Proposals on both strands were developed further by the IMF and in other fora, notably the G10, in discussion with members and Bond markets during 2002-3, along with work on a voluntary code of conduct. At the 2003 Spring Meetings, the IMFC considered progress on the voluntary and contractual approaches, and detailed proposals from the IMF on a statutory framework for the restructuring of unsustainable sovereign debts. The IMFC decided not to pursue a statutory framework further. The 2003 Annual Report on the UK and the IMF (see HM Treasury, The UK and the IMF 2003, paras 3.29-3.37) reports these discussions. Work has continued since 2003 on both the voluntary and contractual approaches:

  On contractual approaches, market practice has converged toward broad acceptance of the use of Collective Action Clauses (CACs) in international sovereign bonds. With only two exceptions, all sovereigns that have issued under New York law since May 2003 have included CACs in their bonds. In 2005, more than 95% of new issues, in value, included CACs, while the share of bonds with CACs of the outstanding stock of sovereign bonds of emerging market countries climbed to around 57% as of January 2006.  The recent shift in market practice to accommodate majority amendment clauses in sovereign bond contracts issued under New York law constitutes a significant step forward.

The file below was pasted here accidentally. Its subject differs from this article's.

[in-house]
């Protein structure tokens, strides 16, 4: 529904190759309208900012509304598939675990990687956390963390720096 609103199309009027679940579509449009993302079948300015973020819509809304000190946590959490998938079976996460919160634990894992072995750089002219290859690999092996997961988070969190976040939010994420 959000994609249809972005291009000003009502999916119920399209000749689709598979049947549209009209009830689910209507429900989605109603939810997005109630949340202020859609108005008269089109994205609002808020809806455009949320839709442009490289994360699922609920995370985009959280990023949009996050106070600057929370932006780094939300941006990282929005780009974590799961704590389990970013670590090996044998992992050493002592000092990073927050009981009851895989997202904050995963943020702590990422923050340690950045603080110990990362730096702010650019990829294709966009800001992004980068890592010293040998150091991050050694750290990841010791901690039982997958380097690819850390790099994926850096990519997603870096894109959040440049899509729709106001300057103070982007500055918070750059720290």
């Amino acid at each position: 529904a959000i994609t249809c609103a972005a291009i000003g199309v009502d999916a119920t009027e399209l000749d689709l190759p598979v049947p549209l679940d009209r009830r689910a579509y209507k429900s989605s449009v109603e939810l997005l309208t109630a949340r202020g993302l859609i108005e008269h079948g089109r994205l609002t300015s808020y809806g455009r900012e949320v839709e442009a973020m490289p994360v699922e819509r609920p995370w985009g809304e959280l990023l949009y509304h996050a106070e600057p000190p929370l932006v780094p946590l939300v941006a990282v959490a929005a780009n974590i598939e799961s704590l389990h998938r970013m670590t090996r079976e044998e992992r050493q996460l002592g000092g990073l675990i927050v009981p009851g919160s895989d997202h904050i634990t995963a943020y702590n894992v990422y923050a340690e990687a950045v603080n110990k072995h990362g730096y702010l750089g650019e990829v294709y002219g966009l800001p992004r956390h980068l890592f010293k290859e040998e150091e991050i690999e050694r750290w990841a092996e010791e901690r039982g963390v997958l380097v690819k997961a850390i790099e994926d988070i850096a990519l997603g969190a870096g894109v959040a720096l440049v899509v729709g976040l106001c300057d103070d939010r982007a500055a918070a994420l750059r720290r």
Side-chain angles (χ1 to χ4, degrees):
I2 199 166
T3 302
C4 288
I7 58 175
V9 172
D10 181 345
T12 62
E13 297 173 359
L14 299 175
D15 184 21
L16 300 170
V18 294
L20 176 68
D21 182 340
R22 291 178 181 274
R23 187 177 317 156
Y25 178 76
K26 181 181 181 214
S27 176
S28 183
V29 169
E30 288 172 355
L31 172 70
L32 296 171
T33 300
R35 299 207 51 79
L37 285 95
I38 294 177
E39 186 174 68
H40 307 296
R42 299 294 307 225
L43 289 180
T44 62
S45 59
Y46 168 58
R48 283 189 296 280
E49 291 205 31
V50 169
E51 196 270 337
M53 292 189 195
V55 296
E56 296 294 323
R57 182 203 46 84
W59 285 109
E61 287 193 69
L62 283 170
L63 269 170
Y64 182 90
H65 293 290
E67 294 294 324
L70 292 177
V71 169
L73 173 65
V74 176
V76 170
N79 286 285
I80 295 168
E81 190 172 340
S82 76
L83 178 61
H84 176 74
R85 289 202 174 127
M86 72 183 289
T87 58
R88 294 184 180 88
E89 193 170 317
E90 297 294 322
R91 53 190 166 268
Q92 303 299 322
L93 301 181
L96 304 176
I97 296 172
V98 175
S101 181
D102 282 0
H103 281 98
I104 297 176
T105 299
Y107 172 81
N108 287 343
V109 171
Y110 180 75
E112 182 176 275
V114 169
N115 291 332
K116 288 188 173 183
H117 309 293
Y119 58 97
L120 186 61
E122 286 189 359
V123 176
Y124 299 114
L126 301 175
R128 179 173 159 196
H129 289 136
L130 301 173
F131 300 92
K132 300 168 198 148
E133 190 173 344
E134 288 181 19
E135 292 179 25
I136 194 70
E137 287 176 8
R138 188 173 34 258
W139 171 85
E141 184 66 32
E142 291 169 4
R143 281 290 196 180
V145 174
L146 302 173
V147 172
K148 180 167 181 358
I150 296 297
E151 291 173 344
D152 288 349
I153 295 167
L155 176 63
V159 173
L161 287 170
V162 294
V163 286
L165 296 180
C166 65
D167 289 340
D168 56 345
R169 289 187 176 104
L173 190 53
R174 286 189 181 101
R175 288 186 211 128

In November 2004, a set of voluntary "Principles for Stable Capital Flows and Fair Debt Restructuring in Emerging Markets" were released, as the culmination of a co-operative dialogue involving the Institute of International Finance (IIF), other private sector representatives and major sovereign issuers of international bonds. The UK and the diverse member governments of the G20 also stated their support for the Principles. The IMF continues to monitor the implementation of the Principles. through a Principles Consultative Group, including emerging market countries and the private sector.

July 2006

78   "The Fund's Medium-Term Income-Outlook and Options" (SM/06/69) of 17 February 2006. Back

79   IMF Managing Director de Rato Appoints Committee of Eminent Persons to Study Sustainable Long-Term Financing of IMF Running Costs- IMF Press Release No 06/100, 18 May, 2006 Back

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Prepared 13 July 2006